Defining a hierarchy relationship from multiple properties

cypher
import

(Golsombe) #1

Community,

Apologies first, I'm new to GraphDB and Cypher. I did research and try several attempts to resolve this issue.

I have a self-referencing hierarchy from a legacy SQL data source which contains levels 4 - 1 with lvl4 being highest and lvl1 being the lowest. They each contain id and name properties. Each record results in a distinct path.
lvl4[A]
lvl3 [A of B]
lvl2 [A of B of C]
lvl1 [A-D]
lvl2 [A of B of C]
lvl2 [A of B of C]
lvl2 [A of B]
lvl2 [A of B]
lvl1 [G]...

Data Example

dim_id lvl1_id lvl1_name lvl2_id lvl2_name lvl3_id lvl3_name lvl4_id lvl4_name
1000 428227 Customer Item Generic 300348 Customer Item 200692 Customer Enterprise 100255 Customer Services
1001 431077 Small Customer Item Latin America 300348 Customer Item 200692 Customer Enterprise 100255 Customer Services
1002 428138 Small Customer Item US 300348 Customer Item 200692 Customer Enterprise 100255 Customer Services
1003 431073 Customer Item Priority 300348 Customer Item 200692 Customer Enterprise 100255 Customer Services
1004 431078 Customer Item Latin America 300348 Customer Item 200692 Customer Enterprise 100255 Customer Services

Can someone help me with the cypher to create a hierarchy relationship for this data?
lvl1 to lvl2 relation called tg
lvl2 to lvl3 relation called pg
lvl3 to lvl4 relation called sg
-if necessary-
lvl4 to root relation called dg

  • Neo4j Desktop 1.0.20
  • No API or Driver necessary

(Andrew Bowman) #2

In your example data levl4, levl3, and lvl2 are all the same for all rows. Is that true only for the example, or are those expected to change?

Do you know if the resulting data is meant to be a tree?

If two different rows share the same name and id at a certain level, can we be assured that all levels above are also in common? For example, this example data has all rows with lvl2, lvl3, and lvl4 in common for all rows. Would there ever be a situation where multiple rows have the same lvl2 or lvl3 but the levels above them would be different? I'm asking because I'm wondering if items with the same id are meant to refer to the same node in the graph (and thus id would be unique for nodes at that level) or if we could have duplicate nodes at a given level with the same id (the id property not being unique for nodes at that level) because the nodes above them in the hierarchy are different.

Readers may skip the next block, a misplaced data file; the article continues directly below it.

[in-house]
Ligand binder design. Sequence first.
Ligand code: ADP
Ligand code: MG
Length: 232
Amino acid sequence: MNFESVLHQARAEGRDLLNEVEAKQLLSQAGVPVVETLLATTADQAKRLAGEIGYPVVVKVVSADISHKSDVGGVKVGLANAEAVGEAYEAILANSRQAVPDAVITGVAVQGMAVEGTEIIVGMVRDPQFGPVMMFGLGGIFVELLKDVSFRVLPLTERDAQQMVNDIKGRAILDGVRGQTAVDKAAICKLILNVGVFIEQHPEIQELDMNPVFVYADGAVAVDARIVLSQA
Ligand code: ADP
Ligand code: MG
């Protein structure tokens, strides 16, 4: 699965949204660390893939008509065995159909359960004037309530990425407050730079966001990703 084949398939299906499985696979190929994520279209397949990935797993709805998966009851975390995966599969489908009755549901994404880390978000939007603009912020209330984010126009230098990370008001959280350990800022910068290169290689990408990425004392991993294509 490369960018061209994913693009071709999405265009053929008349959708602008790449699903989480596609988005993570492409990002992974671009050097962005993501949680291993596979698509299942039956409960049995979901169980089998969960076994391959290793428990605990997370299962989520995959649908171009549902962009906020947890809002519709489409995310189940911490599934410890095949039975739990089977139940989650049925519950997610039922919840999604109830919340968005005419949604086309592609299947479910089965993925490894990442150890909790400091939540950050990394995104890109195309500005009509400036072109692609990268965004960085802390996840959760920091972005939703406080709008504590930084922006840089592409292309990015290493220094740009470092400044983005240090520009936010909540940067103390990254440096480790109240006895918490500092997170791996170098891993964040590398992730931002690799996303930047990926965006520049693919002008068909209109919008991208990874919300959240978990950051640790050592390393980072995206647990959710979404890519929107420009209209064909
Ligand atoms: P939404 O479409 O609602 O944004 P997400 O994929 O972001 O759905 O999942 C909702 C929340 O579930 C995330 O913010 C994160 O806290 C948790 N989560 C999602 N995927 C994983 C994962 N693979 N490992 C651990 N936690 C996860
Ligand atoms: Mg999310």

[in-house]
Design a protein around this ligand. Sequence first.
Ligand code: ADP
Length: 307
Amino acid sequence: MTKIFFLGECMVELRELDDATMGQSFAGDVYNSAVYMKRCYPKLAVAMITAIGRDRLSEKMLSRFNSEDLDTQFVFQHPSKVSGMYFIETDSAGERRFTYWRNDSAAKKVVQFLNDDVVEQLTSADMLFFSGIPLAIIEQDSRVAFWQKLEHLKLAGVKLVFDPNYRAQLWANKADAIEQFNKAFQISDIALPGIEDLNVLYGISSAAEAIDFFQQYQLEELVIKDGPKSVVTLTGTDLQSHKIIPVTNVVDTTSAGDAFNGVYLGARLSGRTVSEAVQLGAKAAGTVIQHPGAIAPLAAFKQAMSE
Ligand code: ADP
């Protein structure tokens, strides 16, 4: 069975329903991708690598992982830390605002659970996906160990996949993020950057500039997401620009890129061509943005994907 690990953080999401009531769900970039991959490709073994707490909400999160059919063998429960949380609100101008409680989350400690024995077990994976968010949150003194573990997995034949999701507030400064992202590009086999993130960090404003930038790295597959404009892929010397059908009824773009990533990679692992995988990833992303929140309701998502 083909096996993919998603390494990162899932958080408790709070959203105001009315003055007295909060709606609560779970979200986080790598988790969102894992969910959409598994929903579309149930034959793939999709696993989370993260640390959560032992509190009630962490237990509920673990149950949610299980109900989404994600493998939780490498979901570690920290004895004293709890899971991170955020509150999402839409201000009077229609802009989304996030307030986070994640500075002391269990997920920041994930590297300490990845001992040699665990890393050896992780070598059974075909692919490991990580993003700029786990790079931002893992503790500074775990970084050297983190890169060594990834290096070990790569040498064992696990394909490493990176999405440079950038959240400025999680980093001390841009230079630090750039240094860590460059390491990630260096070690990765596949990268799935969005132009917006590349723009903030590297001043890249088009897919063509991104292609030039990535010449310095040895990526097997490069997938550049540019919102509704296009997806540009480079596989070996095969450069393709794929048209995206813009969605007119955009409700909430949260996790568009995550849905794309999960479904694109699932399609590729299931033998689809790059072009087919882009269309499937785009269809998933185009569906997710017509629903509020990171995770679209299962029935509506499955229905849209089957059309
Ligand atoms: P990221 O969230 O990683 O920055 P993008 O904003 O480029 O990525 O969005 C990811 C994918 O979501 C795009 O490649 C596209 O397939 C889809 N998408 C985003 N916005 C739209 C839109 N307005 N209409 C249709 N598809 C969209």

It would help if you could provide the labels (node types) you want to use in the graph as well, and maybe a quick visual of the overall hierarchy.

For example, something like this, but replacing the more generic labels here with something that is a bit more specific to your domain if possible:

(:lvl1)-[:tg]->(:lvl2)-[:pg]->(:lvl3)-[:sg]->(:lvl4)


(Golsombe) #3

In order to be brief I only included one roll up of a tree hierarchy. In actuality the dataset contains more than 10k unique paths. So there is a lot of duplication in the higher levels. Lvl4 (div) will continue 14 unique names duplicated across 10k records. With each level containing more unique names than its parent.
Lvl4 = Div
Lvl3 = Seg
Lvl2 = Pdg
Lvl1 = Ctg

Thanks for the help so far. I hope I explained this better this time.


(Andrew Bowman) #4

Thanks for the labels, that will help, though the biggest thing that's missing is information on uniqueness of nodes per level (or per label, now).

With graph databases we tend to model in a normalized fashion, so for example at the top level, for :Div nodes, we would only have 14 nodes and not do any duplication, with relationships down to nodes at the next level.

The question then is if the ids here are meant to be unique across nodes at that level (nodes with that label), or if there's going to be duplication based upon differing nodes at the hierarchy above.